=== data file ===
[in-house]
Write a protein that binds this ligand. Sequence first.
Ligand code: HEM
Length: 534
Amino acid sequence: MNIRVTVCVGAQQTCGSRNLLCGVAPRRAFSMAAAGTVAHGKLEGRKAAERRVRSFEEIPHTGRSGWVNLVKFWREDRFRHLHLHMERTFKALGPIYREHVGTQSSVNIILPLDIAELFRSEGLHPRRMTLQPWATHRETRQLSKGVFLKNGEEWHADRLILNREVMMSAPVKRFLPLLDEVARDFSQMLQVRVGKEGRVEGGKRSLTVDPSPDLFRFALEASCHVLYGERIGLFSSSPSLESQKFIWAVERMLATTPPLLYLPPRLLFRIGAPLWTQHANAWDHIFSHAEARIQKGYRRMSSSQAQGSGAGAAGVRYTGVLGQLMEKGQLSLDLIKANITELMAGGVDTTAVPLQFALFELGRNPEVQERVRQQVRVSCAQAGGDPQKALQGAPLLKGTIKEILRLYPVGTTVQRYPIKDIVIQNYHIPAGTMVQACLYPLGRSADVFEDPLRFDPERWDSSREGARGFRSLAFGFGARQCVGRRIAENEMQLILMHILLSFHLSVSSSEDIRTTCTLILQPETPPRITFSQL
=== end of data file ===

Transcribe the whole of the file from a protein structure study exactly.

[in-house]
Write a protein that binds this ligand. Sequence first.
Ligand code: HEM
Length: 534
Amino acid sequence: MNIRVTVCVGAQQTCGSRNLLCGVAPRRAFSMAAAGTVAHGKLEGRKAAERRVRSFEEIPHTGRSGWVNLVKFWREDRFRHLHLHMERTFKALGPIYREHVGTQSSVNIILPLDIAELFRSEGLHPRRMTLQPWATHRETRQLSKGVFLKNGEEWHADRLILNREVMMSAPVKRFLPLLDEVARDFSQMLQVRVGKEGRVEGGKRSLTVDPSPDLFRFALEASCHVLYGERIGLFSSSPSLESQKFIWAVERMLATTPPLLYLPPRLLFRIGAPLWTQHANAWDHIFSHAEARIQKGYRRMSSSQAQGSGAGAAGVRYTGVLGQLMEKGQLSLDLIKANITELMAGGVDTTAVPLQFALFELGRNPEVQERVRQQVRVSCAQAGGDPQKALQGAPLLKGTIKEILRLYPVGTTVQRYPIKDIVIQNYHIPAGTMVQACLYPLGRSADVFEDPLRFDPERWDSSREGARGFRSLAFGFGARQCVGRRIAENEMQLILMHILLSFHLSVSSSEDIRTTCTLILQPETPPRITFSQL